Sunday, 26 April 2015

Stephen King rescued my reading

I've been a big reader for as long as I can remember. I was always reading in the back of my parents' car whenever I was being reluctantly ferried somewhere, my brother beside me feeling travel sick, while if it was night-time I would be waiting for the next street light to sweep by so I could read another eight or nine words before the darkness returned. (My parents used to tell me I'd damage my eyesight; I got my first pair of glasses when I was 10).

For my 8th birthday, which happened to fall when we were holidaying on the island of Menorca or Majorca, I forget which, my parents brought my presents with us so I could open them on the right day. The only one I remember was from my aunt: a hardback book containing the two Michael Crichton novels Jurassic Park and Congo, a doorstop of a thing with about 650 pages that must have been a bugger for my dad to lug around in his suitcase. I was in heaven.

But then when I was 15 something happened. Gradually, without my being aware of it being triggered by anything, I started fixating on pronouncing each word in my head as I read it, making sure each syllable was enunciated sufficiently thoroughly for me to be able to move on. Increasingly, this meant having to go back and re-read the same particular word or sequence of words again and again, sometimes a dozen times or more. It was like what I imagine having a stutter must be like, only I was stuttering not over a vocalisation but over a ... mental acceptance of a word as having been read satisfactorily, is the best way I can think to describe it.

Slowly it became crippling: whereas once I'd read almost the entire 650-odd page Alan Dean Foster novelisations of the first three Alien films in a single day, I spent the first 6 or so months of 2003 getting through less than half of a single book.

I knew it was a mental hangup, something I ought to be able to just not do, but the difference between knowing that and applying it was everything. Sometimes I'd get to the end of a sentence and then one word would be stuck in my head as something I hadn't read right, and back I would go. Again and again.

Months went by, and I wondered whether I would ever read normally again. I took some solace from the fact that I could glance at a road sign or similar short snatch of text and decode the meaning of the words before consciously feeling like I was actively "reading" them, thereby escaping the trap, and the problem was less severe with things like textbooks and less severe generally in the classroom environment, but by the time the summer of that year rolled around I'd gone from reading all the time to barely even daring to pick up a book, or picking one up and then dropping it again minutes later having been unable to get anywhere.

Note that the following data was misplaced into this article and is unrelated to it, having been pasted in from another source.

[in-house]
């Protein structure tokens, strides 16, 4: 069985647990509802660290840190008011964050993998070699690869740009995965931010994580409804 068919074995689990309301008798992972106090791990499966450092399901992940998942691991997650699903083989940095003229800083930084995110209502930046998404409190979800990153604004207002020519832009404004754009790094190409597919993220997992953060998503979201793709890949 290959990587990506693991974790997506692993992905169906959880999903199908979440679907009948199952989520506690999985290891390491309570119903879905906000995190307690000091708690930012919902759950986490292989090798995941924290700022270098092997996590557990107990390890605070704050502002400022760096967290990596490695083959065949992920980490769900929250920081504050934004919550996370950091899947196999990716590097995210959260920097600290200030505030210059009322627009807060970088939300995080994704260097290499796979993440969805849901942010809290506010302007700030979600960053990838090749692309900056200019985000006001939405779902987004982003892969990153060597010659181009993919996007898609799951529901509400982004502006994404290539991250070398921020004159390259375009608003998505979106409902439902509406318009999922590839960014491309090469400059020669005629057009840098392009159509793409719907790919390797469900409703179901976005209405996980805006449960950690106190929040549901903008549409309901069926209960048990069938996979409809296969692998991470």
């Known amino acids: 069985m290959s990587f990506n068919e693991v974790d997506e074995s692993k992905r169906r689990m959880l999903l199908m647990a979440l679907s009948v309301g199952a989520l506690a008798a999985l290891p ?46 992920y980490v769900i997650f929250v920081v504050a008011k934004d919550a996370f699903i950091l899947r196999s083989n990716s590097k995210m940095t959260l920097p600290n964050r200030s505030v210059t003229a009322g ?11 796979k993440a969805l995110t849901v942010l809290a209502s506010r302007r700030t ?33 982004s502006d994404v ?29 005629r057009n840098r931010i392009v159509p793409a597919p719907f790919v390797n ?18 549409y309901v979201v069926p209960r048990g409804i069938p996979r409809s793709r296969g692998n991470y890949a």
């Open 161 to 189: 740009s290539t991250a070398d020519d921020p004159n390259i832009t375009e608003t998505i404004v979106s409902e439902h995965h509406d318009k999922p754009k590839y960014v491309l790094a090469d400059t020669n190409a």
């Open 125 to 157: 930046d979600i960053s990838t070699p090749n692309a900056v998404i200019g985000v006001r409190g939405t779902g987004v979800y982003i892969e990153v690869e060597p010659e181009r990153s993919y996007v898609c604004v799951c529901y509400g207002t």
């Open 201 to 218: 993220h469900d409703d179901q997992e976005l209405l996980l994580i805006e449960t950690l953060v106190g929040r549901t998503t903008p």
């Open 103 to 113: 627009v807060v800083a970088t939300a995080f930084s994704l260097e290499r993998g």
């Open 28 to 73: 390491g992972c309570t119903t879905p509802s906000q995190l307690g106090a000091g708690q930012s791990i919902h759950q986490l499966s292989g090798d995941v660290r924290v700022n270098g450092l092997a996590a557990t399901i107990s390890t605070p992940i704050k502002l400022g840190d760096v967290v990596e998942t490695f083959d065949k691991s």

I didn't talk about it to anyone, but my friend even commented on it, noticing that I'd been reading the same book forever. I made excuses.

I was almost resigned to the situation of no longer being a reader when, fully expecting the same outcome as with all the other books I'd attempted to read that year, I picked up Stephen King's The Drawing of the Three, the second book in his Dark Tower series.

I remember starting to read in a state of, at the risk of being overly dramatic, near misery. But then something magical happened: the story locked horns with my fixation, and I realised with growing joy that the story was stronger.

It didn't happen all at once. I started out slowly, tripping up and getting stuck like I'd become used to. But little by little the traps became less sticky, to the point where soon I was starting to fixate but then moving on each time before it could take hold.

It sounds ridiculous, but it was all down to the pace and excitement of the plot. The Drawing of the Three is the point in the Dark Tower series where it all really takes off: badass hero Roland, gunslinger extraordinaire, is thrust into the grungy world of two-bit punk Eddie and the violent thugs he's got himself involved with, through a plot device I won't reveal but which, to my 15-year-old self, but probably to anyone at any age, was just so damn cool.

The sensation was like how I imagine it must feel for people with phantom limb pain who experience relief through VN Ramachandran's mirror box trick, whereby the agony of the sensation that a hand which is no longer a part of your body has been permanently clenched for weeks or months on end suddenly dissipates when, by viewing a reflection of the relaxation of one's remaining good hand, the brain is visually fooled into believing that the missing hand has unclenched.

For me it was more gradual, and the sensation was one of frustration and fixation rather than pain, but the metaphor of an unclenching feels right: it was like my brain, as each sentence and each paragraph and each page went by with less and less obstruction, was learning to release itself from its own grip.

I finished the book in a couple of days. Since then, I've experienced only the occasional blip, easily vanquished.

I don't know whether there's a name for what I experienced or how common it is. (Try Googling it, and see where that gets you.) I've never raised it with anyone, but once, only once, have I heard someone else talk about it or something very similar: a friend, without my prompting, told me she'd experienced something that sounded much like what I went through, although in her case there were contributing circumstances that weren't a factor for me.

Maybe it's something that would have gone away eventually regardless. Maybe it's something there are multiple causes of and multiple routes out of. All I know is, The Drawing of the Three is a book to which I will always remain uniquely attached.

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